What is Long-Term Care Insurance?
Did you know that regular health insurance will not cover long-term care? Many people don’t realize that until it’s too late. Medicare will not cover long-term care either. Medicare believes most long-term care is custodial (helping with ADL’s) and to them, that is not health-care related.
Disability insurance doesn’t cover long-term care, either. Long-term care insurance will cover costs such as:
- Nursing home stays
- Assisted living
- In-home care
- Adult day care services
Long-term care policies can vary, but usually they go into effect when you can no longer perform two out of the six ADL tasks.
How Much is Long-Term Care Insurance?
Like all insurance policies, premiums vary by how old you are when you purchase the insurance and what the policy covers. If you buy a policy when you are 50, the average is $1,294 dollars a year for a per-person daily benefit of $161 and a limit of four years of benefits, assuming no adjustments for inflation. If you get a policy for both you and your spouse, the premiums increase by about 30% for the second person.
You should buy long-term care insurance while you’re still relatively young and healthy. If you wait until you need it, you won’t qualify. Most people start thinking about long-term care insurance when they’re in their fifties.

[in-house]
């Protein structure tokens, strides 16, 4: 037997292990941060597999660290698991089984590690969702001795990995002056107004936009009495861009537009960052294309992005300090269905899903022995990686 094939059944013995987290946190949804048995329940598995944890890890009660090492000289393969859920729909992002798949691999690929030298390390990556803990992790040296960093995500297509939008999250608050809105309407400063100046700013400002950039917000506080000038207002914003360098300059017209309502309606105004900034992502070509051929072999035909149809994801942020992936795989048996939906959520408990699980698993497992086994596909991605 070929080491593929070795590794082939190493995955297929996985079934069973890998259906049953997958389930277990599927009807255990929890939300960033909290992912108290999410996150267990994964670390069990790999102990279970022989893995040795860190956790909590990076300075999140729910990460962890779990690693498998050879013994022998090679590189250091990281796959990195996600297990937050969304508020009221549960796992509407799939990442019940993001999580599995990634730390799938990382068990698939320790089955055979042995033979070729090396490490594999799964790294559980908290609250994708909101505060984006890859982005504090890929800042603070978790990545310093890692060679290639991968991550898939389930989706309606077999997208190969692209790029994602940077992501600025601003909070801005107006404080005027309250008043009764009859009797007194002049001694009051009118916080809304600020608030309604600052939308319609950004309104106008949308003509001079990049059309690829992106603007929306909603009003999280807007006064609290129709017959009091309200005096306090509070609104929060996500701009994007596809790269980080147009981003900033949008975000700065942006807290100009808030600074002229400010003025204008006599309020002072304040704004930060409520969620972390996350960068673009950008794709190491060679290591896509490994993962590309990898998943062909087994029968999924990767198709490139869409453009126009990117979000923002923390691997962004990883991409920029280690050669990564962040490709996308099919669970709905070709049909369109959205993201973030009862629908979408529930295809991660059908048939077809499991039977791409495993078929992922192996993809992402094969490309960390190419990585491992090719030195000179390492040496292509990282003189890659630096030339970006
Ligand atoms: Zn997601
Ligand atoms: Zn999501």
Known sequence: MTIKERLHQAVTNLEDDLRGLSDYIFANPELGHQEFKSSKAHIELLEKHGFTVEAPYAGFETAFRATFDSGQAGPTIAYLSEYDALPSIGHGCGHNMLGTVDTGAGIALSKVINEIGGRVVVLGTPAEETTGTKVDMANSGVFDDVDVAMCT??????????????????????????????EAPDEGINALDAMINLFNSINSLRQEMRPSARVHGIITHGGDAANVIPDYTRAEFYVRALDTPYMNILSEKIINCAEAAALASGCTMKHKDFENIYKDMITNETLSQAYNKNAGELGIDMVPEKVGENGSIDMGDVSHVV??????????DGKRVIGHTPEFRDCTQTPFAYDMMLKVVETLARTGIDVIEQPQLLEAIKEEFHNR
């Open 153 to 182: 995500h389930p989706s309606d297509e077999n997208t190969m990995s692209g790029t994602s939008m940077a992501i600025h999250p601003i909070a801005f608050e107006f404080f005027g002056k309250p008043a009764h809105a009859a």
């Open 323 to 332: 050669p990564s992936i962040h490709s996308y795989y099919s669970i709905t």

If you have personal savings you want to protect, can afford the premiums, and want choices as to who provides your long-term care, long-term care insurance may be for you. When you buy a policy, make sure Alzheimer’s disease is covered, as this is a major reason for needing long-term care.
On the plus side, long-term care insurance can be tax-deductible. Learn more about the tax benefits of long-term care insurance.
Also, keep in mind that many long-term care policies have what they call an elimination period. This is basically a waiting period, where you’ll have to pay for your long-term care costs out-of-pocket before the insurance kicks in. It can be 20, 30, 60 or even 90 or 100 days, depending on your policy.